Our final home
Jesus told his disciples; “In my father’s house are many rooms. If it were not so, would I have told you that I go to prepare a place for you?” Jesus deliberately chose everyday words, physical terms – house, rooms, place – to describe where he was going and what he was preparing for us. These words were his words, words of promise, words of practical paradise promise, giving his disciples and us today something tangible to look forward to – an actual place, a promised place and a carefully prepared place where they and we would go to be with him.
In a plethora of TV programmes, like Grand Designs or Love it or List It, the presenters go to great lengths to understand the life and lifestyle of the individual or families that want a change of location or a renewed version of their current home. Each programme is intent on ensuring that the finished outcome is especially tailored to the occupants. These reality TV shows trace the importance of a place called home and simply reflect the desire of the human heart for that home to “suit me”. In an even grander way, paradise has physical places prepared for us and they will be home. Not just any home, but a truly grand design tailored for each one of us, and the creator of the universe has taken personal responsibility for where they are and what they look like. There is no place like home, and there has never been a place so uniquely designed for you and me like this home.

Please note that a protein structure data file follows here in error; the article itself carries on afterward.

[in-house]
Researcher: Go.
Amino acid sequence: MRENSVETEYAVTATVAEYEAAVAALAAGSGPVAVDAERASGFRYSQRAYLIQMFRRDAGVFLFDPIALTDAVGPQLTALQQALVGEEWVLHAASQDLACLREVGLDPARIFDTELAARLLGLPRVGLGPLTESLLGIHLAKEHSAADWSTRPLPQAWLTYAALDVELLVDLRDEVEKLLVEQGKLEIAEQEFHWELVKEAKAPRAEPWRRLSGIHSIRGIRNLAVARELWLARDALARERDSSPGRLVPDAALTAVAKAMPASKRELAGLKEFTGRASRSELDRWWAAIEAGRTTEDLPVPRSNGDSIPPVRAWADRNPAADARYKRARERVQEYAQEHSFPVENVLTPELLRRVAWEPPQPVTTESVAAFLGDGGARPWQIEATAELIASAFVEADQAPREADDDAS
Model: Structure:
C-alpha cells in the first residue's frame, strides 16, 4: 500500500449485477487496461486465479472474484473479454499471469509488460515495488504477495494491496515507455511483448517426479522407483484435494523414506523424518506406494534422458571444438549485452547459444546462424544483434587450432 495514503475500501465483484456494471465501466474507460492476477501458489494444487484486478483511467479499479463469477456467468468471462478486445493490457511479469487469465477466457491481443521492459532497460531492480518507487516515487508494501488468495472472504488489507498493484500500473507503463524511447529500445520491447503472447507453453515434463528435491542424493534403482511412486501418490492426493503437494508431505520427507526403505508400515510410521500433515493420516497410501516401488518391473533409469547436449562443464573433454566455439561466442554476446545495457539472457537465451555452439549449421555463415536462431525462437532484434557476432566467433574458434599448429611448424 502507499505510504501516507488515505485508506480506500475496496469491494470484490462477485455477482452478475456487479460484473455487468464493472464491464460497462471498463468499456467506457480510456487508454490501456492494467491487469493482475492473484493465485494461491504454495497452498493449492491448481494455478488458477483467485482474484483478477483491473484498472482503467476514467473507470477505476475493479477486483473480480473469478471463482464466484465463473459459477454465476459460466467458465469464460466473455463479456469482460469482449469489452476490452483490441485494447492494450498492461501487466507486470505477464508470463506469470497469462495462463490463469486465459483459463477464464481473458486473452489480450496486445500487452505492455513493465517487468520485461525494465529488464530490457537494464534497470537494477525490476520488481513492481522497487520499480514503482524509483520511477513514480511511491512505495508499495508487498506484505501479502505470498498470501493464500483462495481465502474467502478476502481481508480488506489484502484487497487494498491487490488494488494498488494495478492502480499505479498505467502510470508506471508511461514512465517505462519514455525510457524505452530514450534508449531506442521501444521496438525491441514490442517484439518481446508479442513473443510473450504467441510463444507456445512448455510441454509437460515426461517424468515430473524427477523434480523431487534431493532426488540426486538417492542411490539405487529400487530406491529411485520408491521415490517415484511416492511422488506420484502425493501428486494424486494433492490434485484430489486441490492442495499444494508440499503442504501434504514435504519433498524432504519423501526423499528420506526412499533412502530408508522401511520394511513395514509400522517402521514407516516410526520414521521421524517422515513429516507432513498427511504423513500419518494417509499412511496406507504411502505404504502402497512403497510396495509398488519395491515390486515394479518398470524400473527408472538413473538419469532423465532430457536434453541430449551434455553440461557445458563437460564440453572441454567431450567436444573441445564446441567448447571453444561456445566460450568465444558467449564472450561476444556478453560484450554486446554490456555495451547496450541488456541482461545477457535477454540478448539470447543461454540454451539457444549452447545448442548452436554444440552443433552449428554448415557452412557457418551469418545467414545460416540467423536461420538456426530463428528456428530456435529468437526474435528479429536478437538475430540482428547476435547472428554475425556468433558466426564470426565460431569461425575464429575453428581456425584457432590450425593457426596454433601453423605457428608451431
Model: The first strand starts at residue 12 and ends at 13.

This paradise stopover is not a fly-and-flop holiday destination, it’s where we serve a king, it’s a place of beauty, yes, but also a place of function, purpose and joy. It’s a place of work and reward and it’s a place of increase. And just like Jonathan Bryan, and tens of thousands of others I can’t wait to go there. Like the Apostle Paul I desire to “depart”, which is better by far
David Oliver is a Christian speaker and author. He is part of the Salt & Light UK team and a member of Basingstoke Community Church, England. His new book All about Heaven is available at davidoliverbooks.com